Yes, I want my consultation

100% Matches Are Better Off Left Alone

Perfect match: Do not disturb

Perfect match: Do not disturb

I believe 100% matches are one of the best things about translation. When I was just starting out as a translator, I used to take on more translation work than I could really handle, so each 100% match felt like a mini-vacation, since it meant I had to translate a little bit less. I like 100% matches that come from other people, too, because it’s interesting to see how they tackle translation challenges.

Imagine how frustrated I feel when people around me do not share this attitude and prefer to tear down the work of others, rather than build on it. This post is an attempt to convert more people to my way of thinking.

Reasons not to interfere with 100% matches in the first place

  1. More often than not, a significant amount of effort had gone into those matches before they appeared in front of you. At the very least, they were translated by the original translator and, ideally, edited by another linguist. Quite often, they were also reviewed by the end client’s staff. Unless all of these people were unqualified or there were no review steps at all, excessive tampering with their work does not sound like a good idea to me at all.
  2. Any efforts to improve 100% matches will likely fall upon deaf ears. No one cares about your attempts to add value to something that is considered 100% done.
  3. 100% matches are normally paid at a much lower rate than new words. This reduced rate covers mainly two things. First and foremost, it covers checking whether 100% matches fit the new context. Second, the rate might also include full revision of 100% matches. If a translator starts to rewrite 100% matches and spends as much time on them as on new words, she goes way beyond what’s expected and earns less as a result.
  4. In my experience, most changes done to 100% matches are preferential style changes. There is little or no value to them. So why make them at all?
  5. Changing 100% matches creates a headache for anyone who will be using the same translation memory in any future projects. When one source text has two or more different translations in the TM, this person will have a hard time choosing among them.

What happens if you do interfere with 100% matches

No one ever thanked us for doing anything to 100% matches. All the feedback we received about them was complaints. Some clients did not like that we had tampered with 100% matches that had been already approved by the client. Others said that changing 100% matches created confusion. For example, in a recent project, our translator chose to edit quite a few terms in 100% matches. The client then inserted this text into an existing translation, which had the old terms. 100% matches we had changed became inconsistent with the old stuff as a result. As a result, we had to spend countless hours undoing our changes.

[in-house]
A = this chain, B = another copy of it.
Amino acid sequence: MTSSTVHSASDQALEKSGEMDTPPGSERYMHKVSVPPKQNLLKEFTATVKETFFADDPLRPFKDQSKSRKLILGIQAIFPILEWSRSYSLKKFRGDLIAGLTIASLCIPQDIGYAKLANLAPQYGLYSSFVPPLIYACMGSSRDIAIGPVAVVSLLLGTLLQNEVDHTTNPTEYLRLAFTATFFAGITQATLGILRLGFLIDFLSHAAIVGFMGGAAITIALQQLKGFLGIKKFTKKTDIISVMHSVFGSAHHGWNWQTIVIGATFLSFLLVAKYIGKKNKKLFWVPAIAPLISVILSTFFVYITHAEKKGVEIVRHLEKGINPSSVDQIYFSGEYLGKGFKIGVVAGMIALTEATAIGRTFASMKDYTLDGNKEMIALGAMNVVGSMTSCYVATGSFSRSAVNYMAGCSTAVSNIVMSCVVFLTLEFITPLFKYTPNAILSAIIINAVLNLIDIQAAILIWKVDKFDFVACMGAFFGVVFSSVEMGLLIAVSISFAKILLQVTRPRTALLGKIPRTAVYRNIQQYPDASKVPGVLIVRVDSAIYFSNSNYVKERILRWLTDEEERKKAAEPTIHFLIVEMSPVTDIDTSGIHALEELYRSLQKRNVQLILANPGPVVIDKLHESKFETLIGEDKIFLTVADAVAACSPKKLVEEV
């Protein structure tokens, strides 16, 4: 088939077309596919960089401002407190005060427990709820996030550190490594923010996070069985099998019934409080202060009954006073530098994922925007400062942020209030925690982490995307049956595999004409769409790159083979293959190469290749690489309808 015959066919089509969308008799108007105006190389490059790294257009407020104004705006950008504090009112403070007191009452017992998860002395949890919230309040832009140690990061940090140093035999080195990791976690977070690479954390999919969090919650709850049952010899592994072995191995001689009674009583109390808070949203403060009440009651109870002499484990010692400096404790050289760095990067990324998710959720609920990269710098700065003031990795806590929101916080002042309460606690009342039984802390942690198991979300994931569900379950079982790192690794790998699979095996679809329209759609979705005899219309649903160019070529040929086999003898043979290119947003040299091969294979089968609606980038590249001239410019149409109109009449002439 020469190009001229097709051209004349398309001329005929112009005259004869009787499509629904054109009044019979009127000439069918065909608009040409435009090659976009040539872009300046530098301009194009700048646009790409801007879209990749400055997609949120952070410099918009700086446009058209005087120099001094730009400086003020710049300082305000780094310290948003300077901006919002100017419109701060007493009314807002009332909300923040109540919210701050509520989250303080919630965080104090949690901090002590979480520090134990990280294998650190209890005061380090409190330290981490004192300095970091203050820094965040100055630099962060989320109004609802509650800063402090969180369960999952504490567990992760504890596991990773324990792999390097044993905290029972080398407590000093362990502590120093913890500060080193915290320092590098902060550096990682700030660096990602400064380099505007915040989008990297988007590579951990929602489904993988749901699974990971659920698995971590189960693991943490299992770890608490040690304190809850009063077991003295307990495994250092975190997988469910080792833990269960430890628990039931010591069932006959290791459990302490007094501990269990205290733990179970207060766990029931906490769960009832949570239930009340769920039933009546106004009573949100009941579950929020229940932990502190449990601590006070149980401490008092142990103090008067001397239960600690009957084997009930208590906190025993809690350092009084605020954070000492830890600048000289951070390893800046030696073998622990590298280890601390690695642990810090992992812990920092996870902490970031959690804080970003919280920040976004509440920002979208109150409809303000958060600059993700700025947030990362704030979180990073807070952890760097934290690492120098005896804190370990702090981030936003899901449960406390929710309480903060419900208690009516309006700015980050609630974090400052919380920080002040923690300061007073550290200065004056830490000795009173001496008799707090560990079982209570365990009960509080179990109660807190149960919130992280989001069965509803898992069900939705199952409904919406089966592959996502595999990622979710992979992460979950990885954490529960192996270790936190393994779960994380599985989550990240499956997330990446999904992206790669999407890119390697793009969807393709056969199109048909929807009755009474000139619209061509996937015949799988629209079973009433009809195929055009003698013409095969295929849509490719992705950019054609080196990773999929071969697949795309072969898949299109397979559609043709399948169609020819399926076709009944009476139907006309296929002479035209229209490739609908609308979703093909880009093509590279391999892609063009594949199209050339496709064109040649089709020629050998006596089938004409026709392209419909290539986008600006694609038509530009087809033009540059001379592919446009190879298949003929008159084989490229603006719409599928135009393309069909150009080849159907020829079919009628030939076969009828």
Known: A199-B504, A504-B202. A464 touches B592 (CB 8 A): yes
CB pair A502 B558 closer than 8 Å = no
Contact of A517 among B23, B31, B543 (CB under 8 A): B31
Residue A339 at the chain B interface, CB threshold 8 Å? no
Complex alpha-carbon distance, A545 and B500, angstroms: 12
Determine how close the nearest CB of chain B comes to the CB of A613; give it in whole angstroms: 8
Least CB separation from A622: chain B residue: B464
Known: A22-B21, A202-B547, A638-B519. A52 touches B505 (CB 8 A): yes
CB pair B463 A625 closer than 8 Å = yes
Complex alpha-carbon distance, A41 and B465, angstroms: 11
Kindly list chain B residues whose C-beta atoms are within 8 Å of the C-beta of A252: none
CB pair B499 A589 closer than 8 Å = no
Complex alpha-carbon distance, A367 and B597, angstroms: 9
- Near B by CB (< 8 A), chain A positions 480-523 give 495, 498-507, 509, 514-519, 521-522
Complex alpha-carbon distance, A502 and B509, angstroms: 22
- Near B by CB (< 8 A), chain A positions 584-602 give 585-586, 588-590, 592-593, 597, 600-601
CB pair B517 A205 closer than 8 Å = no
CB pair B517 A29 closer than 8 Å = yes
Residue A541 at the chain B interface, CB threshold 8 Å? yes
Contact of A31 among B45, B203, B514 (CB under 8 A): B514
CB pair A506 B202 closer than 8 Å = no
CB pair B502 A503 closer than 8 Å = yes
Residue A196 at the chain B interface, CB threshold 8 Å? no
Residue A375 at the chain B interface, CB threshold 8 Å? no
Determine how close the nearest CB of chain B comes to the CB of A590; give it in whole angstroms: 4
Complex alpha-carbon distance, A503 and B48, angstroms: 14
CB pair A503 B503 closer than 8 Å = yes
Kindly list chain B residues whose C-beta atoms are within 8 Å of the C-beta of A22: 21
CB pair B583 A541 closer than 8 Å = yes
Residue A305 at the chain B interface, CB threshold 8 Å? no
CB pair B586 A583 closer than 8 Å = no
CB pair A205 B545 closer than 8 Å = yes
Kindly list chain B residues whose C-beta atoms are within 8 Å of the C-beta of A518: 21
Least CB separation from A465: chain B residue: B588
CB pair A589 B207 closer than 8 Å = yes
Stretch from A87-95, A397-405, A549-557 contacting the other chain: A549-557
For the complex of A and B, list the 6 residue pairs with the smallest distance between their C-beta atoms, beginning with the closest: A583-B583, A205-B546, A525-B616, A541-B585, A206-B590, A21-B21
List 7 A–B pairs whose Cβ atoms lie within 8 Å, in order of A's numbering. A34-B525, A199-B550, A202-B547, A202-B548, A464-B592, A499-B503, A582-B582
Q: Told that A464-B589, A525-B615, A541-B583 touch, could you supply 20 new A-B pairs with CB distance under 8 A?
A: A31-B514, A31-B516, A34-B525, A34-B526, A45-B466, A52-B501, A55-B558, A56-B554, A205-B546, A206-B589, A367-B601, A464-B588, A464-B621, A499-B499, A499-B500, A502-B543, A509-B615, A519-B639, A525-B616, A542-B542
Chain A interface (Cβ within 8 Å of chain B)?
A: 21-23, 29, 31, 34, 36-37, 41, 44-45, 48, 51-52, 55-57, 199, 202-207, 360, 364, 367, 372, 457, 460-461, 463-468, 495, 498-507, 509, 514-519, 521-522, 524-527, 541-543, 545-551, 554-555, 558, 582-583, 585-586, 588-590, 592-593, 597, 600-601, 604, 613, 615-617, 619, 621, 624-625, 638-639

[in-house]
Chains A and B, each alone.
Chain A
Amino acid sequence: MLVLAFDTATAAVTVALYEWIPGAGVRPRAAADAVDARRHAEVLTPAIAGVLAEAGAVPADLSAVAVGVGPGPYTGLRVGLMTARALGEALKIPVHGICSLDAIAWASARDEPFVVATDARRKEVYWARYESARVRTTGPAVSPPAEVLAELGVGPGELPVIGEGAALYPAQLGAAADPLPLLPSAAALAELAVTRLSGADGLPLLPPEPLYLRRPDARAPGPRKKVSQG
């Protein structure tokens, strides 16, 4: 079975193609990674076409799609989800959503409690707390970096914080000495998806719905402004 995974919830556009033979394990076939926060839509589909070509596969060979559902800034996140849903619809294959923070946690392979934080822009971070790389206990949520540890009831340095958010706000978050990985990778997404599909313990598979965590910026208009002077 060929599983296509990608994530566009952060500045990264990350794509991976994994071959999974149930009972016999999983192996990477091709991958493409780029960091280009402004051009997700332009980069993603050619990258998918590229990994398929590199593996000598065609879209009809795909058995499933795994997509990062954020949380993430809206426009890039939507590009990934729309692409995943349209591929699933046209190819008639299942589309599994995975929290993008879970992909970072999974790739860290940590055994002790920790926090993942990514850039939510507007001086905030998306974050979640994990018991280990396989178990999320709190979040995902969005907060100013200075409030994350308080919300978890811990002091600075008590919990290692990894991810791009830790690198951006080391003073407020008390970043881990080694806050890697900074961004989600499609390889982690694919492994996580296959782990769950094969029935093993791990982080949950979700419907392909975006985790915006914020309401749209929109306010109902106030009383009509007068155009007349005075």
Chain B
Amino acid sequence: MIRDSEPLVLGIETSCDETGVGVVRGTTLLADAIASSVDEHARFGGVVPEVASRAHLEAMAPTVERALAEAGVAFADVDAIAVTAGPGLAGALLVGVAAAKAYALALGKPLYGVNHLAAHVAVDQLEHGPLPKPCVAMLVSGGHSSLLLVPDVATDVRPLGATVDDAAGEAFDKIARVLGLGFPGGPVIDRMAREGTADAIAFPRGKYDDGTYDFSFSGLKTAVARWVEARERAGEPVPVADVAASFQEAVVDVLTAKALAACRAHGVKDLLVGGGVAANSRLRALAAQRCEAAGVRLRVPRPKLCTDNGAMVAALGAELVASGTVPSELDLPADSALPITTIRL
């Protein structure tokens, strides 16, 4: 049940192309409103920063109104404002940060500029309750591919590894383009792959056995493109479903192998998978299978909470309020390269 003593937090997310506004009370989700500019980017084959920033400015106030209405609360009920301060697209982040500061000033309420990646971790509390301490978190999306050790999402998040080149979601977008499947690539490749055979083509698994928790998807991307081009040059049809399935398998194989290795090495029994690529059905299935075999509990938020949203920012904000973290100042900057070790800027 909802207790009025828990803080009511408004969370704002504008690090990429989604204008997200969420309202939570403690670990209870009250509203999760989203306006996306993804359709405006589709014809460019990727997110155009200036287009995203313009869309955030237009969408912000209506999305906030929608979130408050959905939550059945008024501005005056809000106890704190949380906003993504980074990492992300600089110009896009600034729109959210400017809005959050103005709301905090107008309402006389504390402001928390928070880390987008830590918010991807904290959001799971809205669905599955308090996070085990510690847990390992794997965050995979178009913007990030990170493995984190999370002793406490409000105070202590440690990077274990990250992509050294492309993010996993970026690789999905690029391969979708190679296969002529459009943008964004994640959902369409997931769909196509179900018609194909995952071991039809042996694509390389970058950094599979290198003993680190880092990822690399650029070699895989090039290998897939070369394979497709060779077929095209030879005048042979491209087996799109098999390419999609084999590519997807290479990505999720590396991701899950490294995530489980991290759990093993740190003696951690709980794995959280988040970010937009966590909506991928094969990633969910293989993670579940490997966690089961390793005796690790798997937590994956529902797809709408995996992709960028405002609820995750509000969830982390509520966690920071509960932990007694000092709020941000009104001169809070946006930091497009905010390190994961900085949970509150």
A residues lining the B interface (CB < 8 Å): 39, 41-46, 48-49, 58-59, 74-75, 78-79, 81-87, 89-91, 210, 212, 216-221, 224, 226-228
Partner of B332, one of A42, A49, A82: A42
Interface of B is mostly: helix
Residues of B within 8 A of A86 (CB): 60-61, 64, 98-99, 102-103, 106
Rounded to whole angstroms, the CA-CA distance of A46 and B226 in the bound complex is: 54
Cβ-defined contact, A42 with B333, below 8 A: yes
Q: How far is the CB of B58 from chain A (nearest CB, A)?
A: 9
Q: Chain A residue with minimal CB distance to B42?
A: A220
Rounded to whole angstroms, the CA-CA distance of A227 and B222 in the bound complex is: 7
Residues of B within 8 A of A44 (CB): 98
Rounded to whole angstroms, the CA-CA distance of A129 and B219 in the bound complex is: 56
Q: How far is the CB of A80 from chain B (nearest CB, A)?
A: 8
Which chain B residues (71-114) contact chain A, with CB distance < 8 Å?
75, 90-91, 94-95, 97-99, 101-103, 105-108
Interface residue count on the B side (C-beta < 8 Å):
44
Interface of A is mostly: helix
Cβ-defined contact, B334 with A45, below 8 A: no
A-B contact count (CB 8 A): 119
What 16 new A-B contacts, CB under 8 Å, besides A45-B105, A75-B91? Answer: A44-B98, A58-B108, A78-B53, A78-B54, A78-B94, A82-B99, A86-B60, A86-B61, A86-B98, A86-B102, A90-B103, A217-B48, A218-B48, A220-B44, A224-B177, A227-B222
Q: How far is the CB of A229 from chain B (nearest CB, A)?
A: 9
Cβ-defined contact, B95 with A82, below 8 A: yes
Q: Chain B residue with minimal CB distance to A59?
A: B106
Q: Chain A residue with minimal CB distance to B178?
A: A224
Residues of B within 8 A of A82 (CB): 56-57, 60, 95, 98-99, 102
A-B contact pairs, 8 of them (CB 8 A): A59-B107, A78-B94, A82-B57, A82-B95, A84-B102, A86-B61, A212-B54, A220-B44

If changing 100% matches can get you anywhere, it is into trouble.

What to change

This is not to say that 100% matches are always perfect. Sometimes it is important to revise them. But revising does not mean rewriting to suit your preferences! You need to correct only what clearly warrants a change, such as:

  • Fixing indisputable errors such as typos, critical omissions, or mistranslations. A translator is always expected to correct these errors, even if he is not the one who made them originally.
  • Adjustments required to reflect the changes made in more recent translations. For example, if you changed a translation of a term in the new part of a manual, you also need to correct the old translation of this term that comes up in 100% matches.

And these are changes that should be avoided:

  • Preferential style changes. If you feel that  style is an issue in 100% matches, contact your client, explain the issue, and re-negotiate the cost if necessary. But do not make corrections, just because you think you can say it better.
  • Other minor changes such as style of quotation marks.


The saying “If it ain’t broke, don’t fix it” sums up this post perfectly. Change 100% matches only in case of obvious errors. Avoid preferential changes by all means. Put your creativity to use where it can bring the most value, and that is in new translations.

If you liked this post, please tell us so by “liking us” on Facebook.

Add comment

About the Author

Roman Mironov
Roman Mironov
CEO & Founder

As the founder of Velior, Roman has had the privilege of being able to turn his passion for languages into a business. He has over 15 years of experience in the translation industry. Roman has helped dozens of clients increase sales by making their products appealing for speakers of other languages.